Turning up the heat: fast-track techniques give contractors winning advantage

If the sound of horsepower and the screech of tyres appeals, Motor City, which is currently under construction in Dubailand, may be for you. Christopher Sell fastens his seat belt and takes a journey round the site to see which contractors are overtaking the competition.

ANALYSIS, Business

In a region that enjoys a fascination with four-wheels, it seemed prudent that within the entertainment complex of Dubailand, a project is currently under construction that is geared to satisfy the cravings of all those who are interested in motor sport.

Motor City is currently being developed on an 11 million m2 site and encompasses residential, business, sports and leisure opportunities in the form of five major components: Dubai Autodrome, F1 Theme Park, Business Park Motor City, Uptown Motor City and Green Community Motor City. It is being developed by Union Properties, with an expected investment of US $3 billion (AED10 billion).

There will be noise; the whole theme of the city is that people will be excited by this ... and lured to live here.

Of these, only Dubai Autodrome - an FIA-certified track measuring 5.39km, has been completed. The $360 million F1 theme park, which, according to Zayed Ahmed, real estate executive, Union Properties, will be a world first and occupy 300,000m2, is being developed as an 'edutainment' park complete with museum, retail, restaurants and virtual experience and will be developed in conjunction with F1. Delivery is expected towards the middle of 2009, though, as yet, no contract has been awarded for the park.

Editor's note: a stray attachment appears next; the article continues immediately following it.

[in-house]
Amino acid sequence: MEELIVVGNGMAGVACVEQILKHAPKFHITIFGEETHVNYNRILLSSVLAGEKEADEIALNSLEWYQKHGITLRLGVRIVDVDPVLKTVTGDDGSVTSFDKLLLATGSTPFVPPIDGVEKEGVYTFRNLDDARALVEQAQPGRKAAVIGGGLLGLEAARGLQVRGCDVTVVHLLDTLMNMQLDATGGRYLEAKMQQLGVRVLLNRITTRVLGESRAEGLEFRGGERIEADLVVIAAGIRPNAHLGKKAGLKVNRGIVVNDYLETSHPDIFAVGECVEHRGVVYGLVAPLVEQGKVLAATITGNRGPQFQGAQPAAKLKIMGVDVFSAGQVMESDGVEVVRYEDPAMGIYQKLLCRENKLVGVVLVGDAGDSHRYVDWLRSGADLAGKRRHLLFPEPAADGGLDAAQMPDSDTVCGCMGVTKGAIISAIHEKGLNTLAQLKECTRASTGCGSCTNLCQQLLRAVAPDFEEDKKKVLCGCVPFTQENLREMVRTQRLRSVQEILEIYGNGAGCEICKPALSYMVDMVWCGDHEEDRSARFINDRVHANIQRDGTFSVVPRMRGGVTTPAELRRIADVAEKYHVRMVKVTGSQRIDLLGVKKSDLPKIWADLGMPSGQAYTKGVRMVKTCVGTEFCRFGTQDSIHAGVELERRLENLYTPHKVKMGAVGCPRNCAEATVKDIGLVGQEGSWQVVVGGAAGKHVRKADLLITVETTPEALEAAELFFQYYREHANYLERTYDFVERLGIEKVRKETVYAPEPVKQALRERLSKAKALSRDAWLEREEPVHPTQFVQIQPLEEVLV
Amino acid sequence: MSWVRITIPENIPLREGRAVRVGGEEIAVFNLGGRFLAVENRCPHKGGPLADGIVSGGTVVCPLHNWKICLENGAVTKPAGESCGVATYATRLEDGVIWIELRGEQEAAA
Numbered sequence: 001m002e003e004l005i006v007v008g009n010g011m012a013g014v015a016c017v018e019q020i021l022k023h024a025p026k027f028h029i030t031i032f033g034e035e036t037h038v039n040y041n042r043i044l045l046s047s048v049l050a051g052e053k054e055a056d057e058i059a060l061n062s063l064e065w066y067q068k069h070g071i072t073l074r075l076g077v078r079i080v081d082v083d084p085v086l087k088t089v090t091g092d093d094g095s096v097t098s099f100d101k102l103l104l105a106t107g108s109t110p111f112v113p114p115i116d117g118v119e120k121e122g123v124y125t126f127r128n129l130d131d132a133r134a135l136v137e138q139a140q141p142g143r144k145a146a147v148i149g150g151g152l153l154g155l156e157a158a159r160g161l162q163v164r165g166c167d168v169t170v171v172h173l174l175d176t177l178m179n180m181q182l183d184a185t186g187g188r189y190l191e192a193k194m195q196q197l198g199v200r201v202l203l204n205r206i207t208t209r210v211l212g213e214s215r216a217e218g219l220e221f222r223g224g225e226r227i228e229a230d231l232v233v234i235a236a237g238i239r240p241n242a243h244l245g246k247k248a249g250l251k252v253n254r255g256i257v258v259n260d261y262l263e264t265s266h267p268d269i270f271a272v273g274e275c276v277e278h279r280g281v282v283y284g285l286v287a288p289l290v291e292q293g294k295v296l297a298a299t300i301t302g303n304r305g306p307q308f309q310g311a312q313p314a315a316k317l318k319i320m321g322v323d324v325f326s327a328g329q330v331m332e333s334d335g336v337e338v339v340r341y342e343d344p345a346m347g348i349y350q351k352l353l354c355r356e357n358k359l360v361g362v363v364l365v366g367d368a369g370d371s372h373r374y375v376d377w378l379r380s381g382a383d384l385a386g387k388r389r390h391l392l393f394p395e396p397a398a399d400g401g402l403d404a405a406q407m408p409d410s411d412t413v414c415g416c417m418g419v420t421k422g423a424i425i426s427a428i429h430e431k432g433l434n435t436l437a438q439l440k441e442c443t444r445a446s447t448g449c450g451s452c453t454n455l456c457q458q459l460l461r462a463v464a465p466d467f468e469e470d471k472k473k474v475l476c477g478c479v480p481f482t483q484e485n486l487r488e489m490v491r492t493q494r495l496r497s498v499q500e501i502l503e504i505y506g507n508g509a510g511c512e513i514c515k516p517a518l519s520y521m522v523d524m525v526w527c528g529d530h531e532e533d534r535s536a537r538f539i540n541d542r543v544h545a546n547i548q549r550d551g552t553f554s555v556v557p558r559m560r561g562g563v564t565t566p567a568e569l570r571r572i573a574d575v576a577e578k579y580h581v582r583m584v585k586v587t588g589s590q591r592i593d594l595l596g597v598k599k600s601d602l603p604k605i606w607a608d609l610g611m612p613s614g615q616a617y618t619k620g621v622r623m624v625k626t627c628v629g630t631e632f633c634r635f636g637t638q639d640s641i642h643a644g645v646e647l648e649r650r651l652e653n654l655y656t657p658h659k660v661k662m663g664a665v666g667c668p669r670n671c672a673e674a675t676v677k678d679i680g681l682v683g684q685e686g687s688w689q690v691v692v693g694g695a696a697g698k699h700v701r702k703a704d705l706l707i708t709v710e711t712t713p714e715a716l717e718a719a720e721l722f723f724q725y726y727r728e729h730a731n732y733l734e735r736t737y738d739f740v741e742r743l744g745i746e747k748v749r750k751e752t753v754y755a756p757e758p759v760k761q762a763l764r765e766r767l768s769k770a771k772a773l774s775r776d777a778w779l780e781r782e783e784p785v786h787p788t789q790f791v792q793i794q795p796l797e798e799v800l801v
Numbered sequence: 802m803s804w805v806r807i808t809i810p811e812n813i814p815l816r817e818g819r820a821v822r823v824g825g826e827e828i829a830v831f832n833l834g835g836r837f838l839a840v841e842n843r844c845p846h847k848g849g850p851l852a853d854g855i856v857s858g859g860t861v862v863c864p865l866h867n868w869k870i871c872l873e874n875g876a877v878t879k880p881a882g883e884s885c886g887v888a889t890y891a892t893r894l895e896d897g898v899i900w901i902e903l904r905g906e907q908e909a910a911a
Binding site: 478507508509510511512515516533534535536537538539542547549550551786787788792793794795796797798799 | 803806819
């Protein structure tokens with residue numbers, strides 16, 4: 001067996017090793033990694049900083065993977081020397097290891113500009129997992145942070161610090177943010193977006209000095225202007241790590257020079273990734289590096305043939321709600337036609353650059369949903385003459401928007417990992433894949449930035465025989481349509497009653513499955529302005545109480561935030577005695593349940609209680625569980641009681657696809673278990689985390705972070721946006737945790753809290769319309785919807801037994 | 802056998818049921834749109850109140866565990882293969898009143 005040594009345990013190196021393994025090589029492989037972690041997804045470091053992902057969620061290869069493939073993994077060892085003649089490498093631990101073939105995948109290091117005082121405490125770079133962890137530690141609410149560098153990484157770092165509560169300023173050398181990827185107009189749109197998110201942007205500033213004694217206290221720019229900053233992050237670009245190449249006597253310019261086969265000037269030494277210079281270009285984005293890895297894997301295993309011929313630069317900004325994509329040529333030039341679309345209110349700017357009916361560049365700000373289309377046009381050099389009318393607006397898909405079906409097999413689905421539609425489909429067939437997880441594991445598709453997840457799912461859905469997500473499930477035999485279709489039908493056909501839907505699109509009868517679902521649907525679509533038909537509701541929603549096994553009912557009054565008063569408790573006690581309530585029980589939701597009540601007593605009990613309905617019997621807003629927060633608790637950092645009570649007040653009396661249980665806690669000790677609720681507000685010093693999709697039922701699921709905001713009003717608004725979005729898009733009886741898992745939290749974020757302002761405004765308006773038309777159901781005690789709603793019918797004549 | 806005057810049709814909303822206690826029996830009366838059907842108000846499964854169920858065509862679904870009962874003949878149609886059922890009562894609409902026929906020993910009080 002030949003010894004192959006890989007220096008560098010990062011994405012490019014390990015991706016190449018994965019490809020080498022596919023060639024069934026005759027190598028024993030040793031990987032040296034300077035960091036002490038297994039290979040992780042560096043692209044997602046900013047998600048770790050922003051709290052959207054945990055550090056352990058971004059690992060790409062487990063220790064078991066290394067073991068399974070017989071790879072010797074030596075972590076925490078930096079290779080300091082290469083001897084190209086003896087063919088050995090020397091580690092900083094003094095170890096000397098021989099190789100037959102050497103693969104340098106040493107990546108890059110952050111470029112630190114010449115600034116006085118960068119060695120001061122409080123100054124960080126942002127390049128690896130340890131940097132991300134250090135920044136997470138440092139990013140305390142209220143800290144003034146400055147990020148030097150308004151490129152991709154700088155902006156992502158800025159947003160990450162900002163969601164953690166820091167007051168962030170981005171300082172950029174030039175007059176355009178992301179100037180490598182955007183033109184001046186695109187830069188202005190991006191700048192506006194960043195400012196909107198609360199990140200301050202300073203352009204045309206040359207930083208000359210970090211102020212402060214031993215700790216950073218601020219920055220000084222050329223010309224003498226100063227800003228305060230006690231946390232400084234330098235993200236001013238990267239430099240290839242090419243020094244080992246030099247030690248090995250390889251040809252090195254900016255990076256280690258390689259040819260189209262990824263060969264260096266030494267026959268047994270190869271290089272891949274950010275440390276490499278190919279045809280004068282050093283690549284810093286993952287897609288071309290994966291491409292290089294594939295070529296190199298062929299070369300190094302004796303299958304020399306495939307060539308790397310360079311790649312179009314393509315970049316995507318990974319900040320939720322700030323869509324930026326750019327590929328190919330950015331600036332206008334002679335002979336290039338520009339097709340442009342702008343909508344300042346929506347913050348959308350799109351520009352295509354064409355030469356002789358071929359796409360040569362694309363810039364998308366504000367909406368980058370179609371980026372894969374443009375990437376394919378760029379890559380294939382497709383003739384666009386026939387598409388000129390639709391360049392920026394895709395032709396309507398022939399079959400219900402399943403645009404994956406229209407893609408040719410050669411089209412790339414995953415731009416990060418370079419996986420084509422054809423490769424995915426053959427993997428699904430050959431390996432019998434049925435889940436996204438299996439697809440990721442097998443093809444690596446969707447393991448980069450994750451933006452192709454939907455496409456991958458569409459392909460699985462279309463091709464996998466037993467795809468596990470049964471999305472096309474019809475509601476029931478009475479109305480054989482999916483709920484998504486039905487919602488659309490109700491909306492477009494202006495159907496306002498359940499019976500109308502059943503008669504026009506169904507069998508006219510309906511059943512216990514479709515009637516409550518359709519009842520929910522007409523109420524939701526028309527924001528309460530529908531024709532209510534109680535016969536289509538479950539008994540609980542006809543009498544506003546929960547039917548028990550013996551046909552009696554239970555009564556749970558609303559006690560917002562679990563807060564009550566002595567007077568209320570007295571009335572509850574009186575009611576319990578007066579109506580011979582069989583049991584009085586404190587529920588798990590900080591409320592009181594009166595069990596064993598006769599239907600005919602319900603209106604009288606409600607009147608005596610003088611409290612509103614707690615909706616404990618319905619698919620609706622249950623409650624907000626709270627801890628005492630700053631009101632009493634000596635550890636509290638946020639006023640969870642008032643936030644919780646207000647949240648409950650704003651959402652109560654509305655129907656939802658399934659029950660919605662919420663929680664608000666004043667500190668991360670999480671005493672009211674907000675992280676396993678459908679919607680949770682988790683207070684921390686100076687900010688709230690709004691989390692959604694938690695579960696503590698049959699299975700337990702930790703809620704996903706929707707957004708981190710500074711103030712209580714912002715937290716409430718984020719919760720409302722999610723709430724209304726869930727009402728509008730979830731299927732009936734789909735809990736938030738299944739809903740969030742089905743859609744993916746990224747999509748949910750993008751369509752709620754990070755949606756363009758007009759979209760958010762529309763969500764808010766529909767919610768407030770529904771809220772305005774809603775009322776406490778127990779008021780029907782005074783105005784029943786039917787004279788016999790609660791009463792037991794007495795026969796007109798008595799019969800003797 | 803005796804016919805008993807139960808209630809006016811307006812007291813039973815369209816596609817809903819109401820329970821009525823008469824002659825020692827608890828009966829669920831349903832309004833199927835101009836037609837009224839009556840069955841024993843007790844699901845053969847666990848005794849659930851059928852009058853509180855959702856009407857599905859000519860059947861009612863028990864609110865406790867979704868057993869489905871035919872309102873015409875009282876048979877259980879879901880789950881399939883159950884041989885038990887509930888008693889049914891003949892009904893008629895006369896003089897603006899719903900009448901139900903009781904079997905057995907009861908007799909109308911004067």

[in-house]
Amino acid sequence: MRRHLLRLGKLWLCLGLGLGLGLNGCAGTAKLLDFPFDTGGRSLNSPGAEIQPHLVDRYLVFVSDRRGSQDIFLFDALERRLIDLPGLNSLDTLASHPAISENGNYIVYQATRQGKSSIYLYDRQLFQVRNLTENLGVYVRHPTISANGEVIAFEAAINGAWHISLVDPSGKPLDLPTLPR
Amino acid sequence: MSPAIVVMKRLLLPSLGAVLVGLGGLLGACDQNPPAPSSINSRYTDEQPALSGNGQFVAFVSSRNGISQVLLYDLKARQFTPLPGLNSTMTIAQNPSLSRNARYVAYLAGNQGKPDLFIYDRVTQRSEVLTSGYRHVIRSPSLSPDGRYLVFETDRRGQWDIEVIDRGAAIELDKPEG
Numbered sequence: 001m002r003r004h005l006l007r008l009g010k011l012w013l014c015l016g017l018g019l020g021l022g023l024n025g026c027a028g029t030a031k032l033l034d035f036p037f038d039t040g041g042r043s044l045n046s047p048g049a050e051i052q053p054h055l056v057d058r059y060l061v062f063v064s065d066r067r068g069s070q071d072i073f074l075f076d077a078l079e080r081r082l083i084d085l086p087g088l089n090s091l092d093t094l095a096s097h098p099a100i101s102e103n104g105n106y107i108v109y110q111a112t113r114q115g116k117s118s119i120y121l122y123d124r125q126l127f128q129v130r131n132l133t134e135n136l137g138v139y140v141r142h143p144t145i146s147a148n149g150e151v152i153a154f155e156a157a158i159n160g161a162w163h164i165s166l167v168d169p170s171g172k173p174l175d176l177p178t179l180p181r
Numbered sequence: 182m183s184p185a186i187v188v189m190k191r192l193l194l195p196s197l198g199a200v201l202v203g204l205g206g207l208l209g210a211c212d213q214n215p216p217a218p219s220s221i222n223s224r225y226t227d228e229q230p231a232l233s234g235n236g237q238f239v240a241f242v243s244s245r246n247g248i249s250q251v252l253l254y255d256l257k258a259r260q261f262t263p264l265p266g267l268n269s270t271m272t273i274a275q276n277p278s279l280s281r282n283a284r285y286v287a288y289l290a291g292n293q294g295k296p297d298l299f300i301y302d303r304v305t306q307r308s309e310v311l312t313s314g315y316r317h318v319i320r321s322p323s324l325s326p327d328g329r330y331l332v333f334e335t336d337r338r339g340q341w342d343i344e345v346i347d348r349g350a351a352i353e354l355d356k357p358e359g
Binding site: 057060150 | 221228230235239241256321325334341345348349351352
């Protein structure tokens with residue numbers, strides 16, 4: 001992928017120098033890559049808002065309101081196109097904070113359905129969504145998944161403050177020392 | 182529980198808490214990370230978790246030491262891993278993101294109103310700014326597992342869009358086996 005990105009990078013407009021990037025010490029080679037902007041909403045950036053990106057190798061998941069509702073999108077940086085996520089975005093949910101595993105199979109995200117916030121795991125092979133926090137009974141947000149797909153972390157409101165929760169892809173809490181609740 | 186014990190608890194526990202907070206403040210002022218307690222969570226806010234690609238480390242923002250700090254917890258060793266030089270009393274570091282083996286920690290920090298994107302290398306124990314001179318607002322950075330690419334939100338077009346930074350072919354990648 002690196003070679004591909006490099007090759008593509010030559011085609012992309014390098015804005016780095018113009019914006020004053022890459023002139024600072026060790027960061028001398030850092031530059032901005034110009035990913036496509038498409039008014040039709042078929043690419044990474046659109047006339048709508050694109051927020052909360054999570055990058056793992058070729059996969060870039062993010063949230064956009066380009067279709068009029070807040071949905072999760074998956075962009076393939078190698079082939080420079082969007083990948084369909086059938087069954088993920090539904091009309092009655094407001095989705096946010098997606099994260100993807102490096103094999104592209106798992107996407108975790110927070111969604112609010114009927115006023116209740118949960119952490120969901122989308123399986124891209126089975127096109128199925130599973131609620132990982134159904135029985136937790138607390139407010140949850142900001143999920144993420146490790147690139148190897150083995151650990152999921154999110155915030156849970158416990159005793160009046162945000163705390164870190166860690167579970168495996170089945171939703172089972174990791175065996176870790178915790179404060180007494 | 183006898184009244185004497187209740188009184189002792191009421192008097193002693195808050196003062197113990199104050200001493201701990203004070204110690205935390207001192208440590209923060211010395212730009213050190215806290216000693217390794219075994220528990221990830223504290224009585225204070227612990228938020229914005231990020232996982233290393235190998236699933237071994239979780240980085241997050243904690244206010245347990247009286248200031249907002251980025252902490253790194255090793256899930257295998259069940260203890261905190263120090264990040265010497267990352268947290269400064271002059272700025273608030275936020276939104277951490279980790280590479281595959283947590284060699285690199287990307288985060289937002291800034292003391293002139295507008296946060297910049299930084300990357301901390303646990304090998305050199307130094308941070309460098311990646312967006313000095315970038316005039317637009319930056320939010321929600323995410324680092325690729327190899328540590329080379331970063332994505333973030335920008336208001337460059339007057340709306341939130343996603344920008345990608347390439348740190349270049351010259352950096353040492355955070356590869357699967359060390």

For residential demands, Union Properties has planned two distinct developments. Uptown Motor City will house 3,500 units, ranging from studios to three-bedroom apartments. "We have launched the first phase of nine buildings, and we plan to have 40 in total," says Ahmed. Green Community Motor City will house 300 villas in three types of units - townhouses, family villas and bungalows. Again, this has been launched, with construction underway and the family villas have all been sold. Once complete, it is expected to house 10-12,000 residents.

Addressing the concerns of noise pollution affecting those in proximity to the track, Ahmed points out that, in addition to conducting noise studies, the nearest villa will be approximately 1km from the race track. This is coupled with the fact that all windows are triple-glazed and the topographical alignment of the track will see it sit below the level of the residential areas, with buildings acting as a sound barrier.